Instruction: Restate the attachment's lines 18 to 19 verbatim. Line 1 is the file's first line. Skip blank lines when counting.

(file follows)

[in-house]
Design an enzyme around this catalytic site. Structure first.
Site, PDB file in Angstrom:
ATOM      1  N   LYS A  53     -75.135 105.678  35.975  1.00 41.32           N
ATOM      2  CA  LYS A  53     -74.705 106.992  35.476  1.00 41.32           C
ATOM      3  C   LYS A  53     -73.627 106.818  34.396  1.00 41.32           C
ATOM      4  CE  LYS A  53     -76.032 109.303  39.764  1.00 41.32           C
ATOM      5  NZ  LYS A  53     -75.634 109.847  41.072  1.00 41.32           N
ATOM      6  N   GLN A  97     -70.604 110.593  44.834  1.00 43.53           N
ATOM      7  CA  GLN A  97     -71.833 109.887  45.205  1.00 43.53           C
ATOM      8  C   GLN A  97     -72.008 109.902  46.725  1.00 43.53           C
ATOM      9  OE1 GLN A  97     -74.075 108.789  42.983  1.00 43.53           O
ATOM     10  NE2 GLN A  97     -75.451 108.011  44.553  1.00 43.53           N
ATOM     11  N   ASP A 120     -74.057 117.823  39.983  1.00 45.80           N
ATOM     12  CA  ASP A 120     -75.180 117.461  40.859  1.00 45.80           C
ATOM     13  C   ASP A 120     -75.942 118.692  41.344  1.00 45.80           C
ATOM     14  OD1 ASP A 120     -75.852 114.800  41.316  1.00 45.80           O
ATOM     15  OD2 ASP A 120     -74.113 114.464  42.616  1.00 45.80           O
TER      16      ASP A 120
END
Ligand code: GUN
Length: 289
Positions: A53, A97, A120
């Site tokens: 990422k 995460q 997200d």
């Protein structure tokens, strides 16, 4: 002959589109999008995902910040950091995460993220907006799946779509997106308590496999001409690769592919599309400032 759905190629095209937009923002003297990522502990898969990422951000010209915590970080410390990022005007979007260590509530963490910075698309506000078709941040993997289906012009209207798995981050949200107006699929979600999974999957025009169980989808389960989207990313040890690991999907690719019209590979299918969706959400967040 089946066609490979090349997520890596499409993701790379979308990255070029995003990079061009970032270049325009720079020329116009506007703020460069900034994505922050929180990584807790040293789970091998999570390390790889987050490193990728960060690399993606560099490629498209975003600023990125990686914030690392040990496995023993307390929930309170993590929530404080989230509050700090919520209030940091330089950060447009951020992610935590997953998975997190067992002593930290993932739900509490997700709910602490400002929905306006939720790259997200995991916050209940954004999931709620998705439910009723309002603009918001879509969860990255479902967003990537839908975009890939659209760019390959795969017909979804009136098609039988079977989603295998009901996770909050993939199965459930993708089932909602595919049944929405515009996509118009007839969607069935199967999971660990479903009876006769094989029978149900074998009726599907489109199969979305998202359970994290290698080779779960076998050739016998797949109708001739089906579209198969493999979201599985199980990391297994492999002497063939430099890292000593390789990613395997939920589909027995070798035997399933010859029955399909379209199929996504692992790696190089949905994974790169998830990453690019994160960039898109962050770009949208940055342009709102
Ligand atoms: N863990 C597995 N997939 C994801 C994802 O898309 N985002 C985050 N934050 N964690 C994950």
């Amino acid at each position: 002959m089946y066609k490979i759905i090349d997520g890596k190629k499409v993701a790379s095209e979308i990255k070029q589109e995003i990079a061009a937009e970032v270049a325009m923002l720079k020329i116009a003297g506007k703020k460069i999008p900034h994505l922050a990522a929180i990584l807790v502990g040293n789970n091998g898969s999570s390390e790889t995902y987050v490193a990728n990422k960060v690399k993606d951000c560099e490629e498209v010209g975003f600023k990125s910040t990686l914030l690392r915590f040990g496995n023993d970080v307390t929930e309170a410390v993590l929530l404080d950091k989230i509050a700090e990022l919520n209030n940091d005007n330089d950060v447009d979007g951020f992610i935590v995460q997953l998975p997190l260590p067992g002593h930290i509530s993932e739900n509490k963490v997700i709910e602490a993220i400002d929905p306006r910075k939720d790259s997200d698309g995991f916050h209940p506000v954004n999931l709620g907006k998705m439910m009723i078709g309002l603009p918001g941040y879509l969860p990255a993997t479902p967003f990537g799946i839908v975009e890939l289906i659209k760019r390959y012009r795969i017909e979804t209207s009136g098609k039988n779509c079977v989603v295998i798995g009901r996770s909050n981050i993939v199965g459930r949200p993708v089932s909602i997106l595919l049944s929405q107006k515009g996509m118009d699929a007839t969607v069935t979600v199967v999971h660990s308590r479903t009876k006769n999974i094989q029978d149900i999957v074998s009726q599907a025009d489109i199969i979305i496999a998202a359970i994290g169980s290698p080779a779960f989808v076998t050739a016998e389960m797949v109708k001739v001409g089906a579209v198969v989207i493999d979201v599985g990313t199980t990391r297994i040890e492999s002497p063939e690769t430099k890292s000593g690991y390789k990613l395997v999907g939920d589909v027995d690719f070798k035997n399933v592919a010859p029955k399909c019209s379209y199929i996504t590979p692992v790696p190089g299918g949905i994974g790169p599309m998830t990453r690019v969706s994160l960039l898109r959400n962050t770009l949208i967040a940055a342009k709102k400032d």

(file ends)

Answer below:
ATOM     15  OD2 ASP A 120     -74.113 114.464  42.616  1.00 45.80           O
TER      16      ASP A 120